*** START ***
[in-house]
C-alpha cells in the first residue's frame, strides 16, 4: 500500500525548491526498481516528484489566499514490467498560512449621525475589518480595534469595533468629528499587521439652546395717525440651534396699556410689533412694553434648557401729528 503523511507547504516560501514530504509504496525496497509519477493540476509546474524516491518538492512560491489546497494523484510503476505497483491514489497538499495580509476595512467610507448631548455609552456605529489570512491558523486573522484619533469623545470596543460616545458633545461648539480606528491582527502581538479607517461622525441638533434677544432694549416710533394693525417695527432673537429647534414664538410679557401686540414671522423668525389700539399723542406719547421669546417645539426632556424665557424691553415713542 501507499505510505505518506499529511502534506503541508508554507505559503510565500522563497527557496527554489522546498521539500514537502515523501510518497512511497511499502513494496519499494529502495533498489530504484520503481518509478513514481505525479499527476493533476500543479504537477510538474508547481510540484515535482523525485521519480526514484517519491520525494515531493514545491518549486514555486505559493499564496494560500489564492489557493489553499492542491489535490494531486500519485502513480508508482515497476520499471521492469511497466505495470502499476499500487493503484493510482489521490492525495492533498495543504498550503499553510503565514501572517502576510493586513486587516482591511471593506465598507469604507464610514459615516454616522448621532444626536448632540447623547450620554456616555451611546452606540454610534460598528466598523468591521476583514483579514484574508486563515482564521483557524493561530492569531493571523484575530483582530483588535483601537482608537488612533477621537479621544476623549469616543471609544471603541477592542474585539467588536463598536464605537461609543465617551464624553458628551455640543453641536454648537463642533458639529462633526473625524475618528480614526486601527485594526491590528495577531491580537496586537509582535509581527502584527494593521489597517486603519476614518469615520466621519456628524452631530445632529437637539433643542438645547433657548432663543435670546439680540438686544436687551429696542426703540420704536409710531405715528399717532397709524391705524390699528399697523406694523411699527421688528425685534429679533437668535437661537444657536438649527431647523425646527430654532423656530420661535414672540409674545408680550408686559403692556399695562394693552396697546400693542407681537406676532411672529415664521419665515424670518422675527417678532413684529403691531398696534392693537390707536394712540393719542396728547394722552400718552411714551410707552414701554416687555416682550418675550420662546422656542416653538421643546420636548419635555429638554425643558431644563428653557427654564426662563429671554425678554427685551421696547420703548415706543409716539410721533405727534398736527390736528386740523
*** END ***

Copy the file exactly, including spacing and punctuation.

[in-house]
C-alpha cells in the first residue's frame, strides 16, 4: 500500500525548491526498481516528484489566499514490467498560512449621525475589518480595534469595533468629528499587521439652546395717525440651534396699556410689533412694553434648557401729528 503523511507547504516560501514530504509504496525496497509519477493540476509546474524516491518538492512560491489546497494523484510503476505497483491514489497538499495580509476595512467610507448631548455609552456605529489570512491558523486573522484619533469623545470596543460616545458633545461648539480606528491582527502581538479607517461622525441638533434677544432694549416710533394693525417695527432673537429647534414664538410679557401686540414671522423668525389700539399723542406719547421669546417645539426632556424665557424691553415713542 501507499505510505505518506499529511502534506503541508508554507505559503510565500522563497527557496527554489522546498521539500514537502515523501510518497512511497511499502513494496519499494529502495533498489530504484520503481518509478513514481505525479499527476493533476500543479504537477510538474508547481510540484515535482523525485521519480526514484517519491520525494515531493514545491518549486514555486505559493499564496494560500489564492489557493489553499492542491489535490494531486500519485502513480508508482515497476520499471521492469511497466505495470502499476499500487493503484493510482489521490492525495492533498495543504498550503499553510503565514501572517502576510493586513486587516482591511471593506465598507469604507464610514459615516454616522448621532444626536448632540447623547450620554456616555451611546452606540454610534460598528466598523468591521476583514483579514484574508486563515482564521483557524493561530492569531493571523484575530483582530483588535483601537482608537488612533477621537479621544476623549469616543471609544471603541477592542474585539467588536463598536464605537461609543465617551464624553458628551455640543453641536454648537463642533458639529462633526473625524475618528480614526486601527485594526491590528495577531491580537496586537509582535509581527502584527494593521489597517486603519476614518469615520466621519456628524452631530445632529437637539433643542438645547433657548432663543435670546439680540438686544436687551429696542426703540420704536409710531405715528399717532397709524391705524390699528399697523406694523411699527421688528425685534429679533437668535437661537444657536438649527431647523425646527430654532423656530420661535414672540409674545408680550408686559403692556399695562394693552396697546400693542407681537406676532411672529415664521419665515424670518422675527417678532413684529403691531398696534392693537390707536394712540393719542396728547394722552400718552411714551410707552414701554416687555416682550418675550420662546422656542416653538421643546420636548419635555429638554425643558431644563428653557427654564426662563429671554425678554427685551421696547420703548415706543409716539410721533405727534398736527390736528386740523